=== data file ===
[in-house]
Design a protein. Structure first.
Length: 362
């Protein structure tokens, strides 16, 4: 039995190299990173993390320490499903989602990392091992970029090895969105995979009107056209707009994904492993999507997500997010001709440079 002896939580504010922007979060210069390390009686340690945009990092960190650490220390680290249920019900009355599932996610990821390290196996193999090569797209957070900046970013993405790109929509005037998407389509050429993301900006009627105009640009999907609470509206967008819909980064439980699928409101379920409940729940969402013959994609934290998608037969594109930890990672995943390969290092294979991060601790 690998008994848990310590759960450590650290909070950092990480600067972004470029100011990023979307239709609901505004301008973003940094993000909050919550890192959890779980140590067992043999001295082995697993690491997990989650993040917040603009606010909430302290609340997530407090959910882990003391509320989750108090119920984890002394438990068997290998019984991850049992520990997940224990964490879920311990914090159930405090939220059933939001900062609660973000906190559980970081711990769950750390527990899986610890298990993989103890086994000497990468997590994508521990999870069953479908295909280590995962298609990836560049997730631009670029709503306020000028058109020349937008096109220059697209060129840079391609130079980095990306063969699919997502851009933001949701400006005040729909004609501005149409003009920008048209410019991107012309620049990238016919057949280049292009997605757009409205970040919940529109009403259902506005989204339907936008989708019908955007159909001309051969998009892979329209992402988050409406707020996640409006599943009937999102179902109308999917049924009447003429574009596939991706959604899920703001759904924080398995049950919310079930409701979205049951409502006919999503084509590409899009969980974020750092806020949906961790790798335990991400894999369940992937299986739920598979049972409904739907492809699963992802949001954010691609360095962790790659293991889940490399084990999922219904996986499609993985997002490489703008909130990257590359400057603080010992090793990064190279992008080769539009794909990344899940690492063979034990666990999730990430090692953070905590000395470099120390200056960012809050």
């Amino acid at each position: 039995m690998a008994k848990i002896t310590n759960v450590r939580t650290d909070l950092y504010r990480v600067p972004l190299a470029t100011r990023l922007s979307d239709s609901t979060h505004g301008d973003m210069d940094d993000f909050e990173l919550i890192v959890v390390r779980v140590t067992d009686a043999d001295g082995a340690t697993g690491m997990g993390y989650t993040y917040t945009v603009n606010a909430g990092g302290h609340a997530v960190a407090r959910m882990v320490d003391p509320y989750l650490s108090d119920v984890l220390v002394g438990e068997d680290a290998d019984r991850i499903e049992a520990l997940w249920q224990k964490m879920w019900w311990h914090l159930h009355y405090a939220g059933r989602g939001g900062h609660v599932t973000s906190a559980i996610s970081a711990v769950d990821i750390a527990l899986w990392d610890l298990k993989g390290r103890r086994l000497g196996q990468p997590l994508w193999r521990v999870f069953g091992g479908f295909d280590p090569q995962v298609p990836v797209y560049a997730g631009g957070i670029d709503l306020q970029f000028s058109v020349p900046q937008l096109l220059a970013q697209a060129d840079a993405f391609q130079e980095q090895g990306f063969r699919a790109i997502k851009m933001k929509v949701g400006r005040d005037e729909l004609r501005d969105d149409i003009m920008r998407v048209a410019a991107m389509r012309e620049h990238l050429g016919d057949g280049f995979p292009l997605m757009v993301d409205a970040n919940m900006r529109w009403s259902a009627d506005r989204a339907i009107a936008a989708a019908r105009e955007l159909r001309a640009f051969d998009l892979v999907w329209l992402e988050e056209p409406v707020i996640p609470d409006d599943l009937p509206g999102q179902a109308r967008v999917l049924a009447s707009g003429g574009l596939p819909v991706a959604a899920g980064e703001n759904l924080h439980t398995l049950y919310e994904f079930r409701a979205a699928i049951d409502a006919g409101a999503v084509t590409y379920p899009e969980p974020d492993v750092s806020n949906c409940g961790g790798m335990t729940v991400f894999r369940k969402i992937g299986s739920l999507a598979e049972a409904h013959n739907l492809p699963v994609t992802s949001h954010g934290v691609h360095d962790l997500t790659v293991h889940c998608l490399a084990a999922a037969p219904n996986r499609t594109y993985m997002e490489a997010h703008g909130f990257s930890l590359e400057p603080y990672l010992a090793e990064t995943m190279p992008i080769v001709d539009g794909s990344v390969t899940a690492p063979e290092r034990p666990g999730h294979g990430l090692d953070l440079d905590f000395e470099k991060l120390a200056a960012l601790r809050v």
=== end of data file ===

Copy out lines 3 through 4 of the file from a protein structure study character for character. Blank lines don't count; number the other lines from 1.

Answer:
Length: 362
């Protein structure tokens, strides 16, 4: 039995190299990173993390320490499903989602990392091992970029090895969105995979009107056209707009994904492993999507997500997010001709440079 002896939580504010922007979060210069390390009686340690945009990092960190650490220390680290249920019900009355599932996610990821390290196996193999090569797209957070900046970013993405790109929509005037998407389509050429993301900006009627105009640009999907609470509206967008819909980064439980699928409101379920409940729940969402013959994609934290998608037969594109930890990672995943390969290092294979991060601790 690998008994848990310590759960450590650290909070950092990480600067972004470029100011990023979307239709609901505004301008973003940094993000909050919550890192959890779980140590067992043999001295082995697993690491997990989650993040917040603009606010909430302290609340997530407090959910882990003391509320989750108090119920984890002394438990068997290998019984991850049992520990997940224990964490879920311990914090159930405090939220059933939001900062609660973000906190559980970081711990769950750390527990899986610890298990993989103890086994000497990468997590994508521990999870069953479908295909280590995962298609990836560049997730631009670029709503306020000028058109020349937008096109220059697209060129840079391609130079980095990306063969699919997502851009933001949701400006005040729909004609501005149409003009920008048209410019991107012309620049990238016919057949280049292009997605757009409205970040919940529109009403259902506005989204339907936008989708019908955007159909001309051969998009892979329209992402988050409406707020996640409006599943009937999102179902109308999917049924009447003429574009596939991706959604899920703001759904924080398995049950919310079930409701979205049951409502006919999503084509590409899009969980974020750092806020949906961790790798335990991400894999369940992937299986739920598979049972409904739907492809699963992802949001954010691609360095962790790659293991889940490399084990999922219904996986499609993985997002490489703008909130990257590359400057603080010992090793990064190279992008080769539009794909990344899940690492063979034990666990999730990430090692953070905590000395470099120390200056960012809050």